Ahead of the publication of the government’s new CPD standards, David Weston looks at shifting our thinking on professional development to ensure a more appropriate approach for schools in 2016

The most successful schools are built on an approach that is far beyond the traditional programme of INSET days, courses and twilight sessions. They fundamentally believe that teachers constantly learn, develop and improve.

In this article I draw upon research, practical examples from the Teacher Development Trust Network, and the forthcoming Department for Education CPD Standards, in order to lay out some of the required shifts in thinking that a modern approach to CPD requires, as well as the necessary accompanying systems, leadership and resourcing.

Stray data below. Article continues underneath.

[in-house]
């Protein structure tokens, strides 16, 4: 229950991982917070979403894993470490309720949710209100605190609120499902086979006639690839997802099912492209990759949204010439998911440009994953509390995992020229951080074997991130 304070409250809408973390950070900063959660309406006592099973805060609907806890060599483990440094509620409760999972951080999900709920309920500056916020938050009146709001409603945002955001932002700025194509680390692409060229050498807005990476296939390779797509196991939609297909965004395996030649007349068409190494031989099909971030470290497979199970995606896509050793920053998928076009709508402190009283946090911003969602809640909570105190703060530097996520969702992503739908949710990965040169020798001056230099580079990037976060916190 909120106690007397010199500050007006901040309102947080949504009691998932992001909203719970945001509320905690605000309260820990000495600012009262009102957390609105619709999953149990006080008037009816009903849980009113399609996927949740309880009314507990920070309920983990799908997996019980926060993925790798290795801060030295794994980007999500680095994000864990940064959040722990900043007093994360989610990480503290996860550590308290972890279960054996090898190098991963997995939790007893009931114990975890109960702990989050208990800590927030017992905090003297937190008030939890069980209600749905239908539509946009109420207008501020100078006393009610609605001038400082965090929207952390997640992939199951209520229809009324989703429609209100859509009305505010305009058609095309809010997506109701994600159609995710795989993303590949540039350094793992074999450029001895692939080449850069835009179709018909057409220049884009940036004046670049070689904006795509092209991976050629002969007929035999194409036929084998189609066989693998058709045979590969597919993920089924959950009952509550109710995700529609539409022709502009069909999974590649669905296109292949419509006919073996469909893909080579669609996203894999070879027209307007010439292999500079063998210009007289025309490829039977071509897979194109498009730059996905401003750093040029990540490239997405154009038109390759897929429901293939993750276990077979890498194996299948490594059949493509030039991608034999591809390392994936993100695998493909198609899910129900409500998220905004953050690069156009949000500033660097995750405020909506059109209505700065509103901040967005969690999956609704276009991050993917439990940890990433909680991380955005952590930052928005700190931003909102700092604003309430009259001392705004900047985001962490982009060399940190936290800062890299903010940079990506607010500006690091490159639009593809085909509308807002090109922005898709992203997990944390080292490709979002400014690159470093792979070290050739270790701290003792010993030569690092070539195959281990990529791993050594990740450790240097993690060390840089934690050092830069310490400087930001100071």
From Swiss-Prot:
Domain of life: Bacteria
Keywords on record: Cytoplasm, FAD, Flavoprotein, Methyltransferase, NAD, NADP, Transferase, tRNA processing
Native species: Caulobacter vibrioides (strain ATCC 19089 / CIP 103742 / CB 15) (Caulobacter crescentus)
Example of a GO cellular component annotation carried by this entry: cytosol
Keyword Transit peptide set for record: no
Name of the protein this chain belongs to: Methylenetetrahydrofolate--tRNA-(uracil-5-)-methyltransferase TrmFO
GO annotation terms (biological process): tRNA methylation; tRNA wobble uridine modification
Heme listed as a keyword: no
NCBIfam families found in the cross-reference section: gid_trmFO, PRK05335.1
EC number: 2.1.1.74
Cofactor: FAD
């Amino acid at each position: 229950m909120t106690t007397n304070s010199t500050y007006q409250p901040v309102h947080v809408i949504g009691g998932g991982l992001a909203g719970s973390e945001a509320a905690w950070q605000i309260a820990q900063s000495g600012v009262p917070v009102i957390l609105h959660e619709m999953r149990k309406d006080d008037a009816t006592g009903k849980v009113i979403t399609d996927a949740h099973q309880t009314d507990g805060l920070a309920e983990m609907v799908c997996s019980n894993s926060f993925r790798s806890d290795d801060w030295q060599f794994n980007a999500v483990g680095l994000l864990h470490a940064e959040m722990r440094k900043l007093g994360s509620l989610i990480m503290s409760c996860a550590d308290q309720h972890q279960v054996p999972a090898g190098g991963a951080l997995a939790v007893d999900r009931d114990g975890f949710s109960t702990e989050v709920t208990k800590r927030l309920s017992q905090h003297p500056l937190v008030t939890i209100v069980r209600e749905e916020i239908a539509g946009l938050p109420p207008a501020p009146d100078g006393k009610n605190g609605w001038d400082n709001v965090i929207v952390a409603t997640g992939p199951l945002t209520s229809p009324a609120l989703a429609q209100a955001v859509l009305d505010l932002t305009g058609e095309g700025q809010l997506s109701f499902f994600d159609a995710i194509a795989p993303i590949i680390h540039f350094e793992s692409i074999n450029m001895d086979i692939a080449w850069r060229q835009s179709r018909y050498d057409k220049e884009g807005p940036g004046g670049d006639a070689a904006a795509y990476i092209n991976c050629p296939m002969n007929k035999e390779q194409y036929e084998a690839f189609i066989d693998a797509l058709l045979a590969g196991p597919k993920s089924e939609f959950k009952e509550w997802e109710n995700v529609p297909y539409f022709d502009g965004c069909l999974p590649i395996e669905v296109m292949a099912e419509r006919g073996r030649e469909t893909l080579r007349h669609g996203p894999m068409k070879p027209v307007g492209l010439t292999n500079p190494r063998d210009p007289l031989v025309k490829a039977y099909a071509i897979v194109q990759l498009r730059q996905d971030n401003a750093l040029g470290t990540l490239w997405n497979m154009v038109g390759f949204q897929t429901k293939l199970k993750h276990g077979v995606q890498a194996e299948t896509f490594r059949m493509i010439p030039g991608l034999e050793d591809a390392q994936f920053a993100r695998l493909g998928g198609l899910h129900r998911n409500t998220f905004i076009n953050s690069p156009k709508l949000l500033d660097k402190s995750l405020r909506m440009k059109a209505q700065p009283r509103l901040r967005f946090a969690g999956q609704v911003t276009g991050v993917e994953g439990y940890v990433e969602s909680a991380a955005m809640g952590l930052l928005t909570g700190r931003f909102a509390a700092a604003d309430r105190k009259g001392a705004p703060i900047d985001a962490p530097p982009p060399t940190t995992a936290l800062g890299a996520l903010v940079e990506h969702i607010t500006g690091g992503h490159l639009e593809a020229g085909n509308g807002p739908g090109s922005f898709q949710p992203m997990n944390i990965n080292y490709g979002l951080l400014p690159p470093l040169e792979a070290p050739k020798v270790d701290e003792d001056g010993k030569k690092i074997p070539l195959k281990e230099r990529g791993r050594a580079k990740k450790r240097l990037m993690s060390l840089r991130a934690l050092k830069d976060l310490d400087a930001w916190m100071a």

A traditional CPD programme is a mix of one-off briefings, courses, conferences and events, mainly aimed at information-giving, update around curriculum, statutory training and generic teaching advice. These elements can be either compulsory or optional, often driven from the senior leadership team.

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